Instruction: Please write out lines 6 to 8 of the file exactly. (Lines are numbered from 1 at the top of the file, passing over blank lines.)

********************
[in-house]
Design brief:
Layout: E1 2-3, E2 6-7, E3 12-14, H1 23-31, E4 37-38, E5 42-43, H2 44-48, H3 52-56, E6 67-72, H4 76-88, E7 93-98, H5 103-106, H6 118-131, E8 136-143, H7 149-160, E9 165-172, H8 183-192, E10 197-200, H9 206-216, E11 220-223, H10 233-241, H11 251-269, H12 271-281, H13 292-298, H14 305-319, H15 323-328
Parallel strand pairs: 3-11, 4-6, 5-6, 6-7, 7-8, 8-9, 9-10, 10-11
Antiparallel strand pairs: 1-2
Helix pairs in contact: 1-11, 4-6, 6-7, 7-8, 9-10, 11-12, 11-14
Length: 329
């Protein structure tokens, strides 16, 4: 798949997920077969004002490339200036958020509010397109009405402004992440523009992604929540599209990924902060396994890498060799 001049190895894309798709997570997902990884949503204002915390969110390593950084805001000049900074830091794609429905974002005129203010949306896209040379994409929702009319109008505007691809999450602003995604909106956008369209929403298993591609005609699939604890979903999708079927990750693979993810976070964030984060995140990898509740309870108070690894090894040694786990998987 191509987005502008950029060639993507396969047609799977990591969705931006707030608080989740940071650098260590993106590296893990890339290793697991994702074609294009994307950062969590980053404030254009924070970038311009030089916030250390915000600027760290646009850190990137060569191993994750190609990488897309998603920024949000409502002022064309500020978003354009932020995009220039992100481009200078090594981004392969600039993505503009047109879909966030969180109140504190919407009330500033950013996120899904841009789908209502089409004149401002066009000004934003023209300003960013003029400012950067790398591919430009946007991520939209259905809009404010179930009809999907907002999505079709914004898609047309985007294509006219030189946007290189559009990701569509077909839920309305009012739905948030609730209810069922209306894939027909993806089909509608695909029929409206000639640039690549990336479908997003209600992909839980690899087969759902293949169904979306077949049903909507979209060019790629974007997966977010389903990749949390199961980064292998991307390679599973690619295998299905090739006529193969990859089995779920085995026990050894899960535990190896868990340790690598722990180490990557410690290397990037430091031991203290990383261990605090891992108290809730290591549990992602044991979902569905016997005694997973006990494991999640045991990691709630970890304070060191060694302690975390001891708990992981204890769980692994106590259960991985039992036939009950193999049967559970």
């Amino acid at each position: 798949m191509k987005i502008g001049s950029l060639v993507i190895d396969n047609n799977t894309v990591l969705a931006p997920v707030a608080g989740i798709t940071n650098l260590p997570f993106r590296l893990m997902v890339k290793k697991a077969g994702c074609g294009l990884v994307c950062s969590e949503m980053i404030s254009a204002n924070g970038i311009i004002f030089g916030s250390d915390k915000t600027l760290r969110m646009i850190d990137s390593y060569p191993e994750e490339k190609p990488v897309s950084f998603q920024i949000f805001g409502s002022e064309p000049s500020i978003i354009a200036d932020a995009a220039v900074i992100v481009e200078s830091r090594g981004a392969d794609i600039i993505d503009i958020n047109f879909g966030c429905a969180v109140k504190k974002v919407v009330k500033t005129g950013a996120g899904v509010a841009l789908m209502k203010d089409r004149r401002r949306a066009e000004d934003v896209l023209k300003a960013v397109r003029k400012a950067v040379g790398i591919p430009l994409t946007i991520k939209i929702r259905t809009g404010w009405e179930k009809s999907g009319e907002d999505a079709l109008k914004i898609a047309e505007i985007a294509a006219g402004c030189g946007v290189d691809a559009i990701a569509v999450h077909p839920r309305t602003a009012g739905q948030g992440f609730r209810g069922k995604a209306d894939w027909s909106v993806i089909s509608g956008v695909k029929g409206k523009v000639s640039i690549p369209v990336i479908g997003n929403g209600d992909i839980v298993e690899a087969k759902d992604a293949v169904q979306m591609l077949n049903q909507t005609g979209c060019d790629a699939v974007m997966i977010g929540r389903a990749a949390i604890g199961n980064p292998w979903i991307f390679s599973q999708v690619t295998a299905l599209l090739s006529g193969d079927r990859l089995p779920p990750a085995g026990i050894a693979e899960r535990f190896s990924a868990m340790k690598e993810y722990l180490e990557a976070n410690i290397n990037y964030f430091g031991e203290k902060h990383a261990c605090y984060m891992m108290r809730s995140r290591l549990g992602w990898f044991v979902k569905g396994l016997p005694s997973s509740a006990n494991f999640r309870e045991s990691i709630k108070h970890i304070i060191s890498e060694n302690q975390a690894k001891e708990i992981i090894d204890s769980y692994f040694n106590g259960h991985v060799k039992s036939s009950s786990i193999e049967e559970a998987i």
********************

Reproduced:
Helix pairs in contact: 1-11, 4-6, 6-7, 7-8, 9-10, 11-12, 11-14
Length: 329
């Protein structure tokens, strides 16, 4: 798949997920077969004002490339200036958020509010397109009405402004992440523009992604929540599209990924902060396994890498060799 001049190895894309798709997570997902990884949503204002915390969110390593950084805001000049900074830091794609429905974002005129203010949306896209040379994409929702009319109008505007691809999450602003995604909106956008369209929403298993591609005609699939604890979903999708079927990750693979993810976070964030984060995140990898509740309870108070690894090894040694786990998987 191509987005502008950029060639993507396969047609799977990591969705931006707030608080989740940071650098260590993106590296893990890339290793697991994702074609294009994307950062969590980053404030254009924070970038311009030089916030250390915000600027760290646009850190990137060569191993994750190609990488897309998603920024949000409502002022064309500020978003354009932020995009220039992100481009200078090594981004392969600039993505503009047109879909966030969180109140504190919407009330500033950013996120899904841009789908209502089409004149401002066009000004934003023209300003960013003029400012950067790398591919430009946007991520939209259905809009404010179930009809999907907002999505079709914004898609047309985007294509006219030189946007290189559009990701569509077909839920309305009012739905948030609730209810069922209306894939027909993806089909509608695909029929409206000639640039690549990336479908997003209600992909839980690899087969759902293949169904979306077949049903909507979209060019790629974007997966977010389903990749949390199961980064292998991307390679599973690619295998299905090739006529193969990859089995779920085995026990050894899960535990190896868990340790690598722990180490990557410690290397990037430091031991203290990383261990605090891992108290809730290591549990992602044991979902569905016997005694997973006990494991999640045991990691709630970890304070060191060694302690975390001891708990992981204890769980692994106590259960991985039992036939009950193999049967559970």